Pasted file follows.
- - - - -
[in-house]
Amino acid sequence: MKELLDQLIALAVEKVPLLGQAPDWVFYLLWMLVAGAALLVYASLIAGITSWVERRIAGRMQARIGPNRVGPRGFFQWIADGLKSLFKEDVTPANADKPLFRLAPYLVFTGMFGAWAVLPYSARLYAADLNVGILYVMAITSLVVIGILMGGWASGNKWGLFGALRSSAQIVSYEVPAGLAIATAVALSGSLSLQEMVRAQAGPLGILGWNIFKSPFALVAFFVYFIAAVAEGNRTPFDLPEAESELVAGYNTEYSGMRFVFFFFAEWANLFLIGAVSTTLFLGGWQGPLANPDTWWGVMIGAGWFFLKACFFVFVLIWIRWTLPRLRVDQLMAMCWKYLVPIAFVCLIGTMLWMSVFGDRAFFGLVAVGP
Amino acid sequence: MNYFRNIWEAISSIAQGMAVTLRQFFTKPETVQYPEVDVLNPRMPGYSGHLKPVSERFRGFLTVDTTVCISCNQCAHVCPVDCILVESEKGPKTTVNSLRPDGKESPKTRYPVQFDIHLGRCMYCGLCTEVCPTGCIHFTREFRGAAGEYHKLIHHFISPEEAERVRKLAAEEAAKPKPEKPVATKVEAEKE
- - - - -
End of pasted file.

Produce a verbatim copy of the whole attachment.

[in-house]
Amino acid sequence: MKELLDQLIALAVEKVPLLGQAPDWVFYLLWMLVAGAALLVYASLIAGITSWVERRIAGRMQARIGPNRVGPRGFFQWIADGLKSLFKEDVTPANADKPLFRLAPYLVFTGMFGAWAVLPYSARLYAADLNVGILYVMAITSLVVIGILMGGWASGNKWGLFGALRSSAQIVSYEVPAGLAIATAVALSGSLSLQEMVRAQAGPLGILGWNIFKSPFALVAFFVYFIAAVAEGNRTPFDLPEAESELVAGYNTEYSGMRFVFFFFAEWANLFLIGAVSTTLFLGGWQGPLANPDTWWGVMIGAGWFFLKACFFVFVLIWIRWTLPRLRVDQLMAMCWKYLVPIAFVCLIGTMLWMSVFGDRAFFGLVAVGP
Amino acid sequence: MNYFRNIWEAISSIAQGMAVTLRQFFTKPETVQYPEVDVLNPRMPGYSGHLKPVSERFRGFLTVDTTVCISCNQCAHVCPVDCILVESEKGPKTTVNSLRPDGKESPKTRYPVQFDIHLGRCMYCGLCTEVCPTGCIHFTREFRGAAGEYHKLIHHFISPEEAERVRKLAAEEAAKPKPEKPVATKVEAEKE